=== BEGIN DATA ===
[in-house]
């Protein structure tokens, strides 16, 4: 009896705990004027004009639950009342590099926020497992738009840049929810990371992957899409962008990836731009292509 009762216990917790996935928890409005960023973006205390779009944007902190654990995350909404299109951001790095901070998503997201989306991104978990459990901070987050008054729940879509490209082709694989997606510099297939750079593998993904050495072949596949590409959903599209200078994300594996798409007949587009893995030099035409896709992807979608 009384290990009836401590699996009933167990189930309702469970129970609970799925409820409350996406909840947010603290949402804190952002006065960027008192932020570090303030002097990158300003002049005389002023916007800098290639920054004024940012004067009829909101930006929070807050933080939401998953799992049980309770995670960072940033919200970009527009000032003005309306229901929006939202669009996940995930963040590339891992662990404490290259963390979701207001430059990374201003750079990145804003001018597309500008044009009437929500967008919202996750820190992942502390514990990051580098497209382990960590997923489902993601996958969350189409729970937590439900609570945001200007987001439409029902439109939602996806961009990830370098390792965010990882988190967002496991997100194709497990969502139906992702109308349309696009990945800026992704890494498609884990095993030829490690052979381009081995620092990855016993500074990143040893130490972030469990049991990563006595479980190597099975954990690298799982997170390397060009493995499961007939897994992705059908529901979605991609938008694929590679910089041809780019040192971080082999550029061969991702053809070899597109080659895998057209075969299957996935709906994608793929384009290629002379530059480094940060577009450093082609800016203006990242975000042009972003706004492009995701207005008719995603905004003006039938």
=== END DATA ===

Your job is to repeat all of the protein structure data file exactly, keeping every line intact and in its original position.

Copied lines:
[in-house]
């Protein structure tokens, strides 16, 4: 009896705990004027004009639950009342590099926020497992738009840049929810990371992957899409962008990836731009292509 009762216990917790996935928890409005960023973006205390779009944007902190654990995350909404299109951001790095901070998503997201989306991104978990459990901070987050008054729940879509490209082709694989997606510099297939750079593998993904050495072949596949590409959903599209200078994300594996798409007949587009893995030099035409896709992807979608 009384290990009836401590699996009933167990189930309702469970129970609970799925409820409350996406909840947010603290949402804190952002006065960027008192932020570090303030002097990158300003002049005389002023916007800098290639920054004024940012004067009829909101930006929070807050933080939401998953799992049980309770995670960072940033919200970009527009000032003005309306229901929006939202669009996940995930963040590339891992662990404490290259963390979701207001430059990374201003750079990145804003001018597309500008044009009437929500967008919202996750820190992942502390514990990051580098497209382990960590997923489902993601996958969350189409729970937590439900609570945001200007987001439409029902439109939602996806961009990830370098390792965010990882988190967002496991997100194709497990969502139906992702109308349309696009990945800026992704890494498609884990095993030829490690052979381009081995620092990855016993500074990143040893130490972030469990049991990563006595479980190597099975954990690298799982997170390397060009493995499961007939897994992705059908529901979605991609938008694929590679910089041809780019040192971080082999550029061969991702053809070899597109080659895998057209075969299957996935709906994608793929384009290629002379530059480094940060577009450093082609800016203006990242975000042009972003706004492009995701207005008719995603905004003006039938």